Some days, with the wind in the right direction, you can almost hear the longevity clock ticking. It’s a distant resonating boom – the sound of waves hitting the shores of financial frailty.
We know our ageing population is becoming a problem – a big one. We know the money is set to run out before we do. But right now there are other issues to worry about, like grappling with the rising cost of living, stagnant wages and what on earth January’s credit card bill will look like.
With precious little spare cash, few of us can afford to square up to the problem of just how we will fund a longer life. Add in the chances of ill health as our age increases and up come the emotional barriers too.
At best, we hope and assume the government will have a safety net robust enough to catch us. New research from think tank Demos has found one in four Brits believe social care is free. Just 5 per cent of the over-40s are financially prepared for covering possible care costs in later life.
Meanwhile, the latest troubling picture of state funded social care has also emerged this week thanks to a well-aimed freedom of information (FOI) request.
Data from more than 125 English local authorities shows a huge variation, not only in the amount councils are willing to pay towards care home costs, but the extent to which people have to haggle with their local authority to get a good deal.
Where elderly people enter care in a “crisis” situation and do not have family members to advocate on their behalf, this process of negotiating care fee packages could leave the vulnerable elderly losing out according to Royal London.
In Luton, for example, the maximum the local authority will contribute to care home funding is £735 a week. In Blackpool it’s £476. These are two of the authorities that won’t budge on contributions, regardless of actual care costs.
Then there are those who regularly exceed their own limits, such as Oxfordshire, which has a stated rate of £493 per week for residential care but breaches this in 94 per cent of cases. The local authority in Poole exceeds its £490 a week limit in 84 per cent of cases.
Others, such as Buckinghamshire, Cornwall and Croydon allocate funding on a case-by-case basis.
“We have uncovered a disturbing patchwork of support for people needing residential care, which varies hugely depending on where you live,” says Steve Webb, Director of Policy at Royal London, which submitted the requests.
“The most worrying variation is the extent to which residents are expected to haggle with the council in some parts of the country."
Whilst responding to individual needs and circumstances sounds like a good thing, it is very likely that older people who have vocal family members to support them will be able to strike a better deal. Local authorities must be very careful to ensure that they do not take advantage of the poor bargaining power of vulnerable elderly people, leading them to accept the cheapest care provision rather than the most suitable”.
The figures are disturbing but not exactly surprising. The dire, inconsistent state of our long-term financial planning – both individual and at state level – has been seriously concerning economists and policymakers for some time.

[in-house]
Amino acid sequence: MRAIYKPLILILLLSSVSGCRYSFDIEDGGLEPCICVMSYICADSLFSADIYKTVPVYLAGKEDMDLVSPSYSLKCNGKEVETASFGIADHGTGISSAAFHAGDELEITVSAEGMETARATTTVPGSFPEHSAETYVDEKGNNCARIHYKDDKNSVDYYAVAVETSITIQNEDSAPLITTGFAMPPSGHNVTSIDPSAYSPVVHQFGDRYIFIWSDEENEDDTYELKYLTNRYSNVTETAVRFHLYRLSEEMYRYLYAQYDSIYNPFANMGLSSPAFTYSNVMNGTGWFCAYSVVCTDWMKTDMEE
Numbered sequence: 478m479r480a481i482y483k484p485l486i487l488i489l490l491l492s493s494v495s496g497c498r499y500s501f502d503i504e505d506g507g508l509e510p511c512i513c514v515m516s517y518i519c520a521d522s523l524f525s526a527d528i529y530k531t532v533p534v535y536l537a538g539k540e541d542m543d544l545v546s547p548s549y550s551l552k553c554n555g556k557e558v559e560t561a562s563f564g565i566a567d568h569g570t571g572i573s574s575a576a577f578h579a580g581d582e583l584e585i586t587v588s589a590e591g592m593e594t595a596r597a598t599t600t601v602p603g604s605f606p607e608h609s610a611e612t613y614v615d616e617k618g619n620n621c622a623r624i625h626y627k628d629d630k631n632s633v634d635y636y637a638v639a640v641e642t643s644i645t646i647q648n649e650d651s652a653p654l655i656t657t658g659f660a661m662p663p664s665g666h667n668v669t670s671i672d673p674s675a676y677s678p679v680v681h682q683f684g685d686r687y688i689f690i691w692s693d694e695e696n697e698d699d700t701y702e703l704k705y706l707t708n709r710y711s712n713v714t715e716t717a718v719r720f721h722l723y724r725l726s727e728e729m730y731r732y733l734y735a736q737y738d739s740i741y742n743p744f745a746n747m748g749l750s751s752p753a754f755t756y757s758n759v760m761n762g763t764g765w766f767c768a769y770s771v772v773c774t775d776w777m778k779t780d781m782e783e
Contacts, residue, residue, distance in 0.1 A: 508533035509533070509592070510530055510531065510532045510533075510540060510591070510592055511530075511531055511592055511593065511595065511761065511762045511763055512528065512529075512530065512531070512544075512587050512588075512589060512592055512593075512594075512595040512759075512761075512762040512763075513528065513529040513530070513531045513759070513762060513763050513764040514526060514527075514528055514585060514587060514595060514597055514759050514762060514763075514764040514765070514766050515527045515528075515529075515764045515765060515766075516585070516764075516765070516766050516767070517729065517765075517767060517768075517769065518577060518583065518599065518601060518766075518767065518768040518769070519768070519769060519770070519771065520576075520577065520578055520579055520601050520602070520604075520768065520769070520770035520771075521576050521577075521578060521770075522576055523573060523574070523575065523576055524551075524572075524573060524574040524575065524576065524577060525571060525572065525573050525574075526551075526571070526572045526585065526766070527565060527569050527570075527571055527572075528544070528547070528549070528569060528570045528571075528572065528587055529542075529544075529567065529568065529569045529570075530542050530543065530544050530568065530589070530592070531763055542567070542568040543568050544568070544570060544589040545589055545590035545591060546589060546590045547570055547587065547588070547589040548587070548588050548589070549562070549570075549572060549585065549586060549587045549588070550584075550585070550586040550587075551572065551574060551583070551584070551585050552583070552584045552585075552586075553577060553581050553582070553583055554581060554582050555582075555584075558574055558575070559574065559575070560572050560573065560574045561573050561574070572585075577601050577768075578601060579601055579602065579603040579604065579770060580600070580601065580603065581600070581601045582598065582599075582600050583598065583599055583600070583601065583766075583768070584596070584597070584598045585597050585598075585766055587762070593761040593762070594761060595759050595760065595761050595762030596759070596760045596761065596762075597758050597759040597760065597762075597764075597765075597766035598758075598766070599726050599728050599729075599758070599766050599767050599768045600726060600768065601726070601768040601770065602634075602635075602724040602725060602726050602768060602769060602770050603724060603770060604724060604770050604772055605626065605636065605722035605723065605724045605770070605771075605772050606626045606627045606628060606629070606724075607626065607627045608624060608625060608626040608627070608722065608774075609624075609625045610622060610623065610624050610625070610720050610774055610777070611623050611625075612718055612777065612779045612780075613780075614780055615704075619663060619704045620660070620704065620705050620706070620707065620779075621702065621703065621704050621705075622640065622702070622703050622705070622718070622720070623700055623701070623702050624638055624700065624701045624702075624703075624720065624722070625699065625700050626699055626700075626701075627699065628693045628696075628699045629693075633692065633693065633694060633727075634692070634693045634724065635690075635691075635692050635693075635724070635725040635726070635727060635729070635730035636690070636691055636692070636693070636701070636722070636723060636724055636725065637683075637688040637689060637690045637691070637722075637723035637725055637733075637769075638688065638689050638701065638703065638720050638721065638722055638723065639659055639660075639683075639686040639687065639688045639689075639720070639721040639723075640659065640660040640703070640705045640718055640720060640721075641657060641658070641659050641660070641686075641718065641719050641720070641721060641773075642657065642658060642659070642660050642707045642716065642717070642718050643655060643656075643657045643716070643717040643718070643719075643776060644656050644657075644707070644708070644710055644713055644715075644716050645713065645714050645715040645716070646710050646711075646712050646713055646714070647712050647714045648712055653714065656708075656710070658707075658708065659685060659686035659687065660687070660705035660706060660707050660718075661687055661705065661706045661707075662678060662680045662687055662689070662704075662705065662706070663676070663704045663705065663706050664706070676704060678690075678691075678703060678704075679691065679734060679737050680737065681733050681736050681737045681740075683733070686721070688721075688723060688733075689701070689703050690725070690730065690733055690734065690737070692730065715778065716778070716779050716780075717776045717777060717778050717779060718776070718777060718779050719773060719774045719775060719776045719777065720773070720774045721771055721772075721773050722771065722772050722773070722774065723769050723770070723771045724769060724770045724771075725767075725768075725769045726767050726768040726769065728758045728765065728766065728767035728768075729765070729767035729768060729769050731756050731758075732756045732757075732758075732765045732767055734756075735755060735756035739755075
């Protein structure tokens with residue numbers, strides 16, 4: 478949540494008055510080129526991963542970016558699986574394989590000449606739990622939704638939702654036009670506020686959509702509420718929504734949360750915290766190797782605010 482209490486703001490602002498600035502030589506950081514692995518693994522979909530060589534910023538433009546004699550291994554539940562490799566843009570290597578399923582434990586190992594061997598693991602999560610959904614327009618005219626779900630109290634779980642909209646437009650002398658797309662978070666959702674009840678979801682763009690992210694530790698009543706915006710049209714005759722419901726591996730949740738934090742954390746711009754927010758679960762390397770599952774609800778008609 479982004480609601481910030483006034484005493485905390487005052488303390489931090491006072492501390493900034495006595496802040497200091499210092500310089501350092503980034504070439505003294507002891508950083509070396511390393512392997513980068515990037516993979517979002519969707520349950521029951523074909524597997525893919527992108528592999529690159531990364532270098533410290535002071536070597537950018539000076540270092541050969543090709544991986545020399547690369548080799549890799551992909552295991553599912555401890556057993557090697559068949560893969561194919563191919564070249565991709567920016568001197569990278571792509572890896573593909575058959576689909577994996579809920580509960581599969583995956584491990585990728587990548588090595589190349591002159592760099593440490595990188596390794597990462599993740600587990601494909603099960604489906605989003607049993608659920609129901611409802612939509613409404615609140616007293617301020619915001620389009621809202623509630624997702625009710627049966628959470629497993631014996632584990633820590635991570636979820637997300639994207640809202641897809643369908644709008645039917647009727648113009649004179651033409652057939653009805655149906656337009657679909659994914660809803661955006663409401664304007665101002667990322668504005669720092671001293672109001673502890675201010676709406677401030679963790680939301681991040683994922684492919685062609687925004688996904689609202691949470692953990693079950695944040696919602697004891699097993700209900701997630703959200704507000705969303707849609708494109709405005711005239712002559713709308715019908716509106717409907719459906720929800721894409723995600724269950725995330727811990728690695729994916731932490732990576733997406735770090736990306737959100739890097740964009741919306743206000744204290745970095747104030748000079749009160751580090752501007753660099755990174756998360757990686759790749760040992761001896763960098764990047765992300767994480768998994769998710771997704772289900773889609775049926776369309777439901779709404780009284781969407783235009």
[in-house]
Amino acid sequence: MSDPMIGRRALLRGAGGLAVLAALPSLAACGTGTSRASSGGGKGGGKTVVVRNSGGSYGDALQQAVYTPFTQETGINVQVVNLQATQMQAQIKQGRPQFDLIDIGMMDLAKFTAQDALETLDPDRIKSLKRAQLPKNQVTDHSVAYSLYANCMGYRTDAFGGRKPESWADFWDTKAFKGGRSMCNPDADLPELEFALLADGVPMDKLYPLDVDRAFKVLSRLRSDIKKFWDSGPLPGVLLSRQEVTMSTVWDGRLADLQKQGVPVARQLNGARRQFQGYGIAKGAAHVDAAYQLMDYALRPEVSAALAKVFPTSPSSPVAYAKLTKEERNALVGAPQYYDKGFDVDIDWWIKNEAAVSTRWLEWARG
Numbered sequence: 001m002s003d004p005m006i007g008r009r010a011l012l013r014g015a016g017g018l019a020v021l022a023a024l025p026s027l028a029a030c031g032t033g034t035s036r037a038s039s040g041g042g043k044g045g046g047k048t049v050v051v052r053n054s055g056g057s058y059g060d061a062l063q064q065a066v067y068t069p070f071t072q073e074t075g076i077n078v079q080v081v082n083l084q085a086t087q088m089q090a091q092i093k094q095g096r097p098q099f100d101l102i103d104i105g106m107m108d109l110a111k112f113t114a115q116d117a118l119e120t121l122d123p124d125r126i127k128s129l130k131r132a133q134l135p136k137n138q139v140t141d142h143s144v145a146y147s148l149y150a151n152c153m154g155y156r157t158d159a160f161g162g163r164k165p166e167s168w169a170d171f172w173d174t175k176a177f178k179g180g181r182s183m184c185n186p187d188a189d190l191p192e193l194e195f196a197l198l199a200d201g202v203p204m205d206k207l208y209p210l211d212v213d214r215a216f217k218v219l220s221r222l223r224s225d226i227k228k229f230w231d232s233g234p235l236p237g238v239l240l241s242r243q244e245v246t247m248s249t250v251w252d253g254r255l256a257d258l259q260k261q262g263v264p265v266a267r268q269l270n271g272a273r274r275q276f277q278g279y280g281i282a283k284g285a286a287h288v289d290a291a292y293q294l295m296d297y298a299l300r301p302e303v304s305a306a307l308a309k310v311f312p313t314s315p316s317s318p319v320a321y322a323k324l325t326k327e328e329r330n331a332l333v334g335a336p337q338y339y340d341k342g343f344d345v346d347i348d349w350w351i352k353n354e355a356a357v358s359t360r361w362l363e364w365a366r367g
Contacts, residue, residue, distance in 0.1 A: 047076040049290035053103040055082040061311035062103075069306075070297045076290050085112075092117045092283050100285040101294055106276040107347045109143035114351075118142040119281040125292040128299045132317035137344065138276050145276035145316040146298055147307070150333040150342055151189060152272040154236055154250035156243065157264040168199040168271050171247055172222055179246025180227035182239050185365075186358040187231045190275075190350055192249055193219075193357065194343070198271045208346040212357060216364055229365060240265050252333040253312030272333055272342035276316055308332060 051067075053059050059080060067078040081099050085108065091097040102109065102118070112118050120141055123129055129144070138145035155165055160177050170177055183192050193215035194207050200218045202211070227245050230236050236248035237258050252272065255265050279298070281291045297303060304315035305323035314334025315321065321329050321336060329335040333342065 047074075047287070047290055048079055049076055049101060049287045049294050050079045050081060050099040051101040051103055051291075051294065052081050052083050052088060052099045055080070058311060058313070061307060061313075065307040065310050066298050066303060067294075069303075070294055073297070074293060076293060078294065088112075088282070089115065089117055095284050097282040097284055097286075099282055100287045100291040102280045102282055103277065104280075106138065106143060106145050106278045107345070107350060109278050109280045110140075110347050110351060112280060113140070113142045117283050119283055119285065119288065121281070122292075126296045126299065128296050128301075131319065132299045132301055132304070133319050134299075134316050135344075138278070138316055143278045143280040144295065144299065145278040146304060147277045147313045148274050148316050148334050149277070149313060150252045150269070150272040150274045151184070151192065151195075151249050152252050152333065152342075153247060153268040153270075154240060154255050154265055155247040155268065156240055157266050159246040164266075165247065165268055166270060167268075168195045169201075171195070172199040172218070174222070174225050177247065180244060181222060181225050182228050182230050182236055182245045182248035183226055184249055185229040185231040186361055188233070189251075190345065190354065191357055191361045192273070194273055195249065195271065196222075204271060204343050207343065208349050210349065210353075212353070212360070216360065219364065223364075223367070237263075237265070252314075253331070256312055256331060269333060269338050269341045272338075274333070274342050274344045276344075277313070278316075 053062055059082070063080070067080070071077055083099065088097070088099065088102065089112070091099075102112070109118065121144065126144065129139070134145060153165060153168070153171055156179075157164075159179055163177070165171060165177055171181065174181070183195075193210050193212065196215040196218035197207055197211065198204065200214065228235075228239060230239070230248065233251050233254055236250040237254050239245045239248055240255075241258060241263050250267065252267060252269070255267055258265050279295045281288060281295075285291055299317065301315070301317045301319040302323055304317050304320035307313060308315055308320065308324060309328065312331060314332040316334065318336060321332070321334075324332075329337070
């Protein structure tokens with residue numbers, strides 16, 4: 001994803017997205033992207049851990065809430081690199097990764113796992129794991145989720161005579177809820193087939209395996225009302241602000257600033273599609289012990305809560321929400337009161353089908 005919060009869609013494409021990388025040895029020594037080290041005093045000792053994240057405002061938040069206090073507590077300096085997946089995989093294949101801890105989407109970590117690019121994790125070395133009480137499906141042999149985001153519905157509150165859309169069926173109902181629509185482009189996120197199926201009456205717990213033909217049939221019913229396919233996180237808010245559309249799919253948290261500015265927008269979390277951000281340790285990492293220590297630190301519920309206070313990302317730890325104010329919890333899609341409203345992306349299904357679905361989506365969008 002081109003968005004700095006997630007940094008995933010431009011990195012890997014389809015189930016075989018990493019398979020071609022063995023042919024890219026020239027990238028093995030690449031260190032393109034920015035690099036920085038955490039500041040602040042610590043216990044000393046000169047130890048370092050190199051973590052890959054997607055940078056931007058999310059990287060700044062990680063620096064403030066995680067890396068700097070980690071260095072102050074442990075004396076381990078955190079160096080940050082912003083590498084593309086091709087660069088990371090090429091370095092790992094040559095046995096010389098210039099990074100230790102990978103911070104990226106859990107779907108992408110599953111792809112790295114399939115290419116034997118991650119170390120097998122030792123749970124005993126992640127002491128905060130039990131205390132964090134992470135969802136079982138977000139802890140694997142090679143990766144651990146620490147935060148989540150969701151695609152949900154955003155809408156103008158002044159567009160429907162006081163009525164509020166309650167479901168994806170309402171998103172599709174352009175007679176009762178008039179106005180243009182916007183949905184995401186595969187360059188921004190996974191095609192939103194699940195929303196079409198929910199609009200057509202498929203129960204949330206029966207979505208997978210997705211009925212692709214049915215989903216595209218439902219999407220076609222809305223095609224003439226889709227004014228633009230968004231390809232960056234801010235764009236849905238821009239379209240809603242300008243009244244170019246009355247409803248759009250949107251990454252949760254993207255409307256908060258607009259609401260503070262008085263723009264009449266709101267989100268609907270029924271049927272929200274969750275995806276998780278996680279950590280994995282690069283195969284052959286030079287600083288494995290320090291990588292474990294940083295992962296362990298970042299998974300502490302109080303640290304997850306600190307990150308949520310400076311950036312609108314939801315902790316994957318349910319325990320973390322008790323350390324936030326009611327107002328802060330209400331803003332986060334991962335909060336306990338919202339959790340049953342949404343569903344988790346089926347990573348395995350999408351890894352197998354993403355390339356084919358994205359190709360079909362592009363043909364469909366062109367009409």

But now the tide of public opinion, (and, just maybe, attitudes to financial prioritising) may be changing.
The Demos study found that almost 60% believe individuals have greater responsibility that the state to meet the costs of care in retirement. Only a third of the public believes the Government should foot the bill.
In fact, while we would back tax increases to plug the care gap and either a capped or meats tested support to help the poorest, the majority of Brits are against a wholly tax-funded care system that is free at the point of use.
Demos found that the majority of people believe they will either ‘save-up’ or ‘down-size’ to a smaller property to cover the general costs of retirement and any care they might have to pay for. However, with average care home costs currently coming in at around £30,000 a year, saving 5 per cent – or even 10 per cent – of the average salary is nowhere near enough to cover the costs.
The think tank argues the only viable alternative is to use insurance and/or equity release products to enable modest savings to cover the costs of care, and to enable people to use housing equity without having to move.
But, it says, poor awareness and reluctance to engage with financial services needs to be tackled if the Government hopes to help people realistically prepare for future care costs.
Commenting on the report’s findings, the author, Demos Director Claudia Wood said: “It is interesting that while the public are more open to the prospect of having to take responsibility for retirement and care costs in later life, few still are making any effort to prepare financially.
"The government cannot allow the public to remain poorly informed and complacent about their need for care when they get older, how much it will cost, and how much they will need to pay.
“Developing an awareness raising strategy – including around the financial products people will inevitably have to use to pay for care in later life – is just as important as deciding on a new care funding model itself. Without the former the latter will be doomed to fail.”